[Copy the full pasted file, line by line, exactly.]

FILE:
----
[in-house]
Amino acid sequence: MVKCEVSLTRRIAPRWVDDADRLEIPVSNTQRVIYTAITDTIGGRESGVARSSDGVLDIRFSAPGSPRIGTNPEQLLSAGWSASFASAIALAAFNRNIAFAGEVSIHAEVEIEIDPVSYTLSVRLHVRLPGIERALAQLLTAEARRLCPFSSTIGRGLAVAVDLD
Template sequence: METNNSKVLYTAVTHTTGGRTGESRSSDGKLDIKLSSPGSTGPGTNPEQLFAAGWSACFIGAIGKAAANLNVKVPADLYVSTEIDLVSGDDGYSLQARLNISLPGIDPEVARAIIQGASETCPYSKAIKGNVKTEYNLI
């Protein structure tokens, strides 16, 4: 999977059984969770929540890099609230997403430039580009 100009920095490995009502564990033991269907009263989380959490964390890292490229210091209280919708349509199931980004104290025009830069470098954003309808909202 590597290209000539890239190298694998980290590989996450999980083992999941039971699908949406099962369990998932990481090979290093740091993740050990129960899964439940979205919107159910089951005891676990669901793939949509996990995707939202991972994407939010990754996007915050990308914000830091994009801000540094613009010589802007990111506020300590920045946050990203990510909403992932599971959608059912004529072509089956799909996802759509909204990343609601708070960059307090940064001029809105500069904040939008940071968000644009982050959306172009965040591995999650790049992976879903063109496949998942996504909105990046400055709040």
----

[in-house]
Amino acid sequence: MVKCEVSLTRRIAPRWVDDADRLEIPVSNTQRVIYTAITDTIGGRESGVARSSDGVLDIRFSAPGSPRIGTNPEQLLSAGWSASFASAIALAAFNRNIAFAGEVSIHAEVEIEIDPVSYTLSVRLHVRLPGIERALAQLLTAEARRLCPFSSTIGRGLAVAVDLD
Template sequence: METNNSKVLYTAVTHTTGGRTGESRSSDGKLDIKLSSPGSTGPGTNPEQLFAAGWSACFIGAIGKAAANLNVKVPADLYVSTEIDLVSGDDGYSLQARLNISLPGIDPEVARAIIQGASETCPYSKAIKGNVKTEYNLI
């Protein structure tokens, strides 16, 4: 999977059984969770929540890099609230997403430039580009 100009920095490995009502564990033991269907009263989380959490964390890292490229210091209280919708349509199931980004104290025009830069470098954003309808909202 590597290209000539890239190298694998980290590989996450999980083992999941039971699908949406099962369990998932990481090979290093740091993740050990129960899964439940979205919107159910089951005891676990669901793939949509996990995707939202991972994407939010990754996007915050990308914000830091994009801000540094613009010589802007990111506020300590920045946050990203990510909403992932599971959608059912004529072509089956799909996802759509909204990343609601708070960059307090940064001029809105500069904040939008940071968000644009982050959306172009965040591995999650790049992976879903063109496949998942996504909105990046400055709040």